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Is Your Passion Turning Your Business Into a Job?

By building a business around a passion, you risk limiting its growth potential – and killing your favorite hobby.
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They say all you need is passion to start a business. I say that's crap. Respectfully, of course.

People who are too passionate about their business create a job for themselves, not a business.

Take, for example, a young person finishing school who is encouraged to start a business around 'something they are passionate about.' Having enjoyed photography as a hobby, she might open a photo studio and offer to shoot everything from weddings to food ads to tee ball teams. She's good at what she does because she is passionate. Customers like her because she is passionate. Subjects give her their best smile because she is passionate. Pretty soon, all of that passion starts to define the business, and the studio becomes synonymous with the owner's passion.

Then the owner decides to take a vacation, and like the air being sucked out of a room, the business dies off without that passion to keep it going.

The photographer starts to tire of the histrionics of nervous brides and the constant wailing of newborn babies being forced to pose. Pretty soon, she falls out of love with photography and wants to get out, but she has nothing to sell because the business is her passion for photography. Plus, she's spoiled her favorite hobby.

Compare the passionate photographer to the owner of the School Photo Company in Albany, New York. Also a photo studio, the School Photo Company is a real business, not a job masquerading as a business. The School Photo Company specializes in taking school pictures. Parents want pictures every year, so the company has a repeatable model. It has a formula for getting a classroom of students to sit down and smile within eight minutes, which it teaches to all of its young photographers. All the company does is school photography. It doesn't dabble in weddings or babies or magazine covers. Given its focus, principals talk and recommend the School Photo Company to one another. The business grows by word of mouth and is not dependent on any one person.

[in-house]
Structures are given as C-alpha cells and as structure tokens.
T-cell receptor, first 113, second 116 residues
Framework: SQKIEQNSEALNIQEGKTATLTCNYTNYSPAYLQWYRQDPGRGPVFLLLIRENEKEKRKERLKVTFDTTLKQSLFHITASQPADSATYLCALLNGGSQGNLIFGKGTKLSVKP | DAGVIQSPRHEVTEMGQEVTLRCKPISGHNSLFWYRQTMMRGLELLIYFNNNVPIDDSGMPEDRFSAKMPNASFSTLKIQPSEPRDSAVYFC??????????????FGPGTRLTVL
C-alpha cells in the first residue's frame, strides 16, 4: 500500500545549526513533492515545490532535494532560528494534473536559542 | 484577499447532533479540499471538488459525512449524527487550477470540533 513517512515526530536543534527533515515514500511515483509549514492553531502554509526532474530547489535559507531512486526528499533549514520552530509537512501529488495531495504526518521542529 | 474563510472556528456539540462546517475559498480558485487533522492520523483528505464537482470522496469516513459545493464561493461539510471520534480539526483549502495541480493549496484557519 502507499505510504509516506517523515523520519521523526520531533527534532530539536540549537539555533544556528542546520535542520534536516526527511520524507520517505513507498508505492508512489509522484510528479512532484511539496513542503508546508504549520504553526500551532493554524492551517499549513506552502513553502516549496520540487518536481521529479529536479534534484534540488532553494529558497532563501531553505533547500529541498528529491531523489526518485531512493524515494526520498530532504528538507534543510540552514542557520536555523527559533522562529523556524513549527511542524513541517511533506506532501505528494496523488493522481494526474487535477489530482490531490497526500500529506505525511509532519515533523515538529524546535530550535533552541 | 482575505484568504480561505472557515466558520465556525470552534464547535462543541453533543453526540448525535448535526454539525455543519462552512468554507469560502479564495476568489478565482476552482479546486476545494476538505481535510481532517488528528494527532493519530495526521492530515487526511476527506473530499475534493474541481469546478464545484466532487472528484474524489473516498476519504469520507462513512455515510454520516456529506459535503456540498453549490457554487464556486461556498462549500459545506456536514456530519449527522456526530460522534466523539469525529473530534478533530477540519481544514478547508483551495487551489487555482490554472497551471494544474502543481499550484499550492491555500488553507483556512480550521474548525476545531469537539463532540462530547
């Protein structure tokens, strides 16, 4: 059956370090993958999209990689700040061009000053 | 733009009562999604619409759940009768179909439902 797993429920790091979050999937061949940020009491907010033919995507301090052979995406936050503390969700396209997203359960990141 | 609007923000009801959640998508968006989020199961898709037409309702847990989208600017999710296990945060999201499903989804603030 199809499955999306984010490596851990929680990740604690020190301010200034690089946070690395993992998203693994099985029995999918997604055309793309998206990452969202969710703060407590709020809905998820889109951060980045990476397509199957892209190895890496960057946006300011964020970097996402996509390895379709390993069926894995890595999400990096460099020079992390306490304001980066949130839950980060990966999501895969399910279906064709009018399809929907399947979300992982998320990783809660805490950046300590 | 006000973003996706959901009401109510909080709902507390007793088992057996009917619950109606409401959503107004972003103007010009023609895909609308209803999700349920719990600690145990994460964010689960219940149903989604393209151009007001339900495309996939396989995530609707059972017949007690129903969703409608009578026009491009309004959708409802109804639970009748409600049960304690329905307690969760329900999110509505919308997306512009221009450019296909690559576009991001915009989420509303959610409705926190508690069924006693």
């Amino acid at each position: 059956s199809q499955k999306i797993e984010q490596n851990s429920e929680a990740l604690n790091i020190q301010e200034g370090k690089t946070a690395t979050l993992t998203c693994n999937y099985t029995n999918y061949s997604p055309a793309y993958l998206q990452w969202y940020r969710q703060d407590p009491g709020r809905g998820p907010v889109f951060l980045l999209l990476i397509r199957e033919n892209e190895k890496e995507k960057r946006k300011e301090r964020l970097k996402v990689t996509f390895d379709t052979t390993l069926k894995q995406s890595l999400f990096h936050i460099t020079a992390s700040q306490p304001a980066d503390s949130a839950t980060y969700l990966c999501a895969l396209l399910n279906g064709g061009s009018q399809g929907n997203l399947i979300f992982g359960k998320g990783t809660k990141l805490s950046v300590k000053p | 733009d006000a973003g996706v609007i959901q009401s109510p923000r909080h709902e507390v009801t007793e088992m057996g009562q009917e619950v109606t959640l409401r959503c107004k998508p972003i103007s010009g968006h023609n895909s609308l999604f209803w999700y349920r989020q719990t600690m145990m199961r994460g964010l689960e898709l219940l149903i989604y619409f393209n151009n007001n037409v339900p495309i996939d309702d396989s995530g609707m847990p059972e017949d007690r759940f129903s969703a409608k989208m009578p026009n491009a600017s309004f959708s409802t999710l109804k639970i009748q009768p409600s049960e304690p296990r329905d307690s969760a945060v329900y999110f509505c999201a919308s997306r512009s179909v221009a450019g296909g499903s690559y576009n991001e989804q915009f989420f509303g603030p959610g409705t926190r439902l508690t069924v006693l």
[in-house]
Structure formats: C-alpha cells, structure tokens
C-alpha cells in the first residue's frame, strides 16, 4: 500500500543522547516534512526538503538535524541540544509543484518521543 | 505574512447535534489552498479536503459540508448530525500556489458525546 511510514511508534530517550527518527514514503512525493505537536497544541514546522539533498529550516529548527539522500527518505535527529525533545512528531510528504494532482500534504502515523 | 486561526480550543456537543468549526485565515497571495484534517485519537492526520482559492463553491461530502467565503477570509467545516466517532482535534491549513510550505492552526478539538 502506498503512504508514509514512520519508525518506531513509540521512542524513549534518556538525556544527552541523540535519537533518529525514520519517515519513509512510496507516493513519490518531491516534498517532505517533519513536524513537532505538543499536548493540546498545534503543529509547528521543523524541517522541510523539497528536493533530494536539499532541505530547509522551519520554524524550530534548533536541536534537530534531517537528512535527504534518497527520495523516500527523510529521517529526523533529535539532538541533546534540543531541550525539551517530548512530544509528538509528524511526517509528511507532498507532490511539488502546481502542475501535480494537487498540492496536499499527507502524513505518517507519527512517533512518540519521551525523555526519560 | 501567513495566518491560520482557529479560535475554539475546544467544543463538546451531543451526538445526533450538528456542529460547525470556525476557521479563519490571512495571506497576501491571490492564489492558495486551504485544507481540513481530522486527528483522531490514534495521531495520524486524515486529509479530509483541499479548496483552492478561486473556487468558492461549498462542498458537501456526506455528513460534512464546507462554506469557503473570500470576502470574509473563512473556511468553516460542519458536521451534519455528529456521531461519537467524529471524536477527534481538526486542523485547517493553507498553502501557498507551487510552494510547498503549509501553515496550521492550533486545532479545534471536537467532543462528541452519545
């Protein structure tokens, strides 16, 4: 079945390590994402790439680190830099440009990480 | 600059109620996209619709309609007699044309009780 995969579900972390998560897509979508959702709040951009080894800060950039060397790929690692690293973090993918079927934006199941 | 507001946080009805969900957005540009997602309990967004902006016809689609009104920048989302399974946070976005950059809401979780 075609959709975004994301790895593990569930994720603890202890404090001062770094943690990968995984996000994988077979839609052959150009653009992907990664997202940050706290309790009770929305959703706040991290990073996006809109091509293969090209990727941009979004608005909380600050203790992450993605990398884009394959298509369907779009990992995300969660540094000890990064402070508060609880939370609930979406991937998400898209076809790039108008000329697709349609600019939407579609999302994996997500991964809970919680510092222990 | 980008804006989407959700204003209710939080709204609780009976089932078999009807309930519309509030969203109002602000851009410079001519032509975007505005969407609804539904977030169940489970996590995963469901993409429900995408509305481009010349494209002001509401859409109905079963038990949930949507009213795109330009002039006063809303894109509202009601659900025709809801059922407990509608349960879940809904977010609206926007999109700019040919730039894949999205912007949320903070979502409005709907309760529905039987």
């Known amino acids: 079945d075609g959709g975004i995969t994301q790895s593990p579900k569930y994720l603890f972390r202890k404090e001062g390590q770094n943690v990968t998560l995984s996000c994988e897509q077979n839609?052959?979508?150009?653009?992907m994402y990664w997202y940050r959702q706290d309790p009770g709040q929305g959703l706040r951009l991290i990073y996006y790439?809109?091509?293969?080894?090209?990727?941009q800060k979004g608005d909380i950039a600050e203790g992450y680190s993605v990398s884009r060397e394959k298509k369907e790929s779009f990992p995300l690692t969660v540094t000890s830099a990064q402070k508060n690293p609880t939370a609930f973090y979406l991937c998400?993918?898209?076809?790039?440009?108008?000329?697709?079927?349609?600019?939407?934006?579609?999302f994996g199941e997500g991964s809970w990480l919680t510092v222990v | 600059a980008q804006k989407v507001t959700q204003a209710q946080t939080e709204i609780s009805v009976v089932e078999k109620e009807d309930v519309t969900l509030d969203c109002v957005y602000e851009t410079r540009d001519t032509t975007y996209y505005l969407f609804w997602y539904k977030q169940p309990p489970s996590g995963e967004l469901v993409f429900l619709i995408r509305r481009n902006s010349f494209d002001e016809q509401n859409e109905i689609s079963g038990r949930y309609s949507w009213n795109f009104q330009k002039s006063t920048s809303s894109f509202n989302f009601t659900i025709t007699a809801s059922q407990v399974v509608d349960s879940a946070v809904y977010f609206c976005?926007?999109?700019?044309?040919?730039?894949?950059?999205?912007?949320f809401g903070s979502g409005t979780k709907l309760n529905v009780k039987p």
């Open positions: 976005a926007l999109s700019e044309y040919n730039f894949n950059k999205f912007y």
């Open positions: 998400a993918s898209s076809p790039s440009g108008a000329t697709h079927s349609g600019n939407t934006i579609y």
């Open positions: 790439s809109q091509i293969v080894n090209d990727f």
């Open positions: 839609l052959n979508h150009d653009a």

Now, you might argue that the School Photo Company sounds like a boring place for a new photographer to work. Fair enough, but don't confuse having a passion with having a sellable business.

If you really love something, keep it a hobby, not a business.

John Warrillow is the author of Built to Sell: Turn Your Business into One You Can Sell. He has started and exited four companies. Most recently John transformed Warrillow & Co. from a boutique consultancy into a recurring revenue model subscription business, which was acquired by The Corporate Executive Board. In 2008 he was recognized by BtoB Magazine's 'Who's Who' list as one of America's most influential business-to-business marketers.

Last updated: Jun 1, 2010

JOHN WARRILLOW | Columnist | Sellability

John Warrillow is the author of Built to Sell: Creating A Business That Can Thrive Without You and the founder of The Sellability Score, a cloud-based software company that helps business owners improve the value of their company.

The opinions expressed here by Inc.com columnists are their own, not those of Inc.com.



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